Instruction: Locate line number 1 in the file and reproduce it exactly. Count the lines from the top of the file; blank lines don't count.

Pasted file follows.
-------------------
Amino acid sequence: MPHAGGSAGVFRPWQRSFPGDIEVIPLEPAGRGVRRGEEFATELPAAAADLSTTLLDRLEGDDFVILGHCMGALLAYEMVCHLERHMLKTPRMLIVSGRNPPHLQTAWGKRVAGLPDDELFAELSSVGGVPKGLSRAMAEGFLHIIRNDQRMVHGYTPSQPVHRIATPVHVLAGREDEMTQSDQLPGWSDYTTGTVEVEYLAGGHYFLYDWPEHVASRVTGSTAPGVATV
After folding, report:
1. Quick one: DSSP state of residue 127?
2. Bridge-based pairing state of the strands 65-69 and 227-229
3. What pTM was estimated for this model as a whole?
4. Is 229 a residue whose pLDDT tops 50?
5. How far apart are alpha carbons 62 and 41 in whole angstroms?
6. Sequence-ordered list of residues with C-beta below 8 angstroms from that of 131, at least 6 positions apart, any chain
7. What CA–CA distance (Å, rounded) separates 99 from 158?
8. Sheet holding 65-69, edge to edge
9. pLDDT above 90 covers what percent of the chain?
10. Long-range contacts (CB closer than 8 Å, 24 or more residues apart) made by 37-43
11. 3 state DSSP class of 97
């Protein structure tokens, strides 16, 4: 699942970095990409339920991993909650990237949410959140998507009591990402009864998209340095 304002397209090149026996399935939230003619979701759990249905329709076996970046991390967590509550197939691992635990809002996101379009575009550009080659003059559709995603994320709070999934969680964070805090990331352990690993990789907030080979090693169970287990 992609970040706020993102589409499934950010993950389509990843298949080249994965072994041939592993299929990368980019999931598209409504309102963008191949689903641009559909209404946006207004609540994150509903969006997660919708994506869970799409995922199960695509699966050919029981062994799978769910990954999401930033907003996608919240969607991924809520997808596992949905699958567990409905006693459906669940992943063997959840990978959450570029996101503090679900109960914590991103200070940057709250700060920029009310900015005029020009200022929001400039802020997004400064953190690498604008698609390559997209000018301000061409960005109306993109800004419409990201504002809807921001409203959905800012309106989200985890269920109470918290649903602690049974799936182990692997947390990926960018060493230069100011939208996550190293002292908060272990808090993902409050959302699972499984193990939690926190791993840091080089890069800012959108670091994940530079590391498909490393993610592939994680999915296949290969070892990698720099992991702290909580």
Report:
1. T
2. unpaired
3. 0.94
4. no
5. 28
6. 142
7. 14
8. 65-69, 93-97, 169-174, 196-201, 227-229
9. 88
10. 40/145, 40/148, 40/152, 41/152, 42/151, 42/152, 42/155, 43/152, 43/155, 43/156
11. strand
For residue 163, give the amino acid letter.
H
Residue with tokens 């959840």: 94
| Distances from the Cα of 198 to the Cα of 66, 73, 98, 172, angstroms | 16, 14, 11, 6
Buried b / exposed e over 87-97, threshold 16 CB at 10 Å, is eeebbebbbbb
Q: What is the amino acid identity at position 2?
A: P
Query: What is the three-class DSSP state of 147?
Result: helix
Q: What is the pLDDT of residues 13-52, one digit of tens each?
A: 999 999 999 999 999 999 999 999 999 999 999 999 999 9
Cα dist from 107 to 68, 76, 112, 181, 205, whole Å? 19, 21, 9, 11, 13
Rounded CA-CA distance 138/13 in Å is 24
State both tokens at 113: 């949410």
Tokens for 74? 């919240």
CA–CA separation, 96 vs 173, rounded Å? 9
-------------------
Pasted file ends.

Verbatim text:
Amino acid sequence: MPHAGGSAGVFRPWQRSFPGDIEVIPLEPAGRGVRRGEEFATELPAAAADLSTTLLDRLEGDDFVILGHCMGALLAYEMVCHLERHMLKTPRMLIVSGRNPPHLQTAWGKRVAGLPDDELFAELSSVGGVPKGLSRAMAEGFLHIIRNDQRMVHGYTPSQPVHRIATPVHVLAGREDEMTQSDQLPGWSDYTTGTVEVEYLAGGHYFLYDWPEHVASRVTGSTAPGVATV